3 Questions Using Social Media to Analyze Candidates

According to CareerBuilder’s 2015 social media recruitment survey, a whopping 52% of employers are using social media to analyze job candidates. The percentage of recruiters that have found an inappropriate picture of a job candidate are even higher. Yet nowadays, recruiters are using social media to determine the cultural fit between the job candidate and the company — rather than being on an aggressive hunt for red flags.

When job candidates leave their Facebook or Twitter profile page unlocked to the public, they are revealing their personality. Traditionally, recruiters and staffing agencies were using social media to weed out candidates that may be a bad fit within the company. Scouring social media sites and finding an image of a job candidate doing an upside down kegstand may have instantly raised a red flag. Obviously, there are red flags companies should NOT ignore, such as references to drug use, discriminatory comments and insults to previous employers. However, finding a past party photo shouldn’t trigger your instincts to move the candidate’s resume into the trash bin. Instead, you should be using the compiled images and data to determine if the candidate would be a good cultural fit within the company. After all, what person doesn’t enjoy a good party once in awhile?

So if social media isn’t being used to hunt down past party photos, what should it be used for? Well, here are the three questions to ask when analyzing a job candidate’s social media profile:

1. What’s displayed on the candidate’s profile?

If the resume is the foundation of understanding who the job candidate really is, social media is the brick and mortar. Analyze the job candidate’s tweets and updates. Maybe the candidate tweeted about being at a recent conference and their interest in the position is even more than you thought. Another good idea is to dig into the candidate’s list of groups. If they are involved in a leadership role in a larger group, there’s a good chance that the candidate is a great team player and has the ability to get things done.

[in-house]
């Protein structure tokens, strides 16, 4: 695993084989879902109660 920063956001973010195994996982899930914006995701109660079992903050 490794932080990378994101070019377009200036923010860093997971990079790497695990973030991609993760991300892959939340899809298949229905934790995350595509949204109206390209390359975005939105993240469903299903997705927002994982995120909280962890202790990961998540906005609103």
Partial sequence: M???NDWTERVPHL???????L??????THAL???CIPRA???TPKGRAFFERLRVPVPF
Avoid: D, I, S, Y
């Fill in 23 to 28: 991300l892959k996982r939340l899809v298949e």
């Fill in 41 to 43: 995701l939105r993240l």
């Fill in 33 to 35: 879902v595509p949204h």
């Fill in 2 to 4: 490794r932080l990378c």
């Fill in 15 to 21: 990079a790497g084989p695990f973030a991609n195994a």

2. Does the candidate create positive posts?

This may sound obvious, but does the candidate seem like a winner? What type of status updates are they posting on Facebook? After all, the Facebook page should be the first step in the interview process. If you find yourself getting irritated from the negative status updates from a candidate, you probably won’t enjoy them in the office, either.

Also, check to see if the candidate’s views align with the company’s. People tend to have different opinions. For example, a startup company and a conglomerate are two very different entities. A large company such as Microsoft may have goals to grow slowly through the course of the year. While a new startup company might experience rapid growth. Not saying that one job candidate cannot work in both types of environments; however, it’s probably a good idea to understand their expectations of the company within the next five years.

3. What do others say about the candidate?

One of the greatest features of LinkedIn is the Skills & Endorsements list. The endorsements are a great way to understand a job candidate’s skills. If they have received numerous appraisals from managers and peers, it’s a positive sign the candidate knows what they are doing. You can even go to Facebook and take a look at what their friends have commented on their wall to gain even more knowledge about the candidate.

Using social media for the purpose of analyzing a candidate’s cultural fit has become a growing trend. Nowadays, recruiters aren’t secret about the practice. In fact, CareerBuilder’s survey found that 35 percent of recruiters have requested to be a friend or follow a candidate.

Social media will become a permanent fixture within the recruiting cycle. Because while a resume may be the backbone of a possible candidate, social media activity paints a better picture of the candidate’s personality. The impact social media has on recruiting is immeasurable. It provides a wealth of information that should be taken advantage of by every HR department and staffing agency.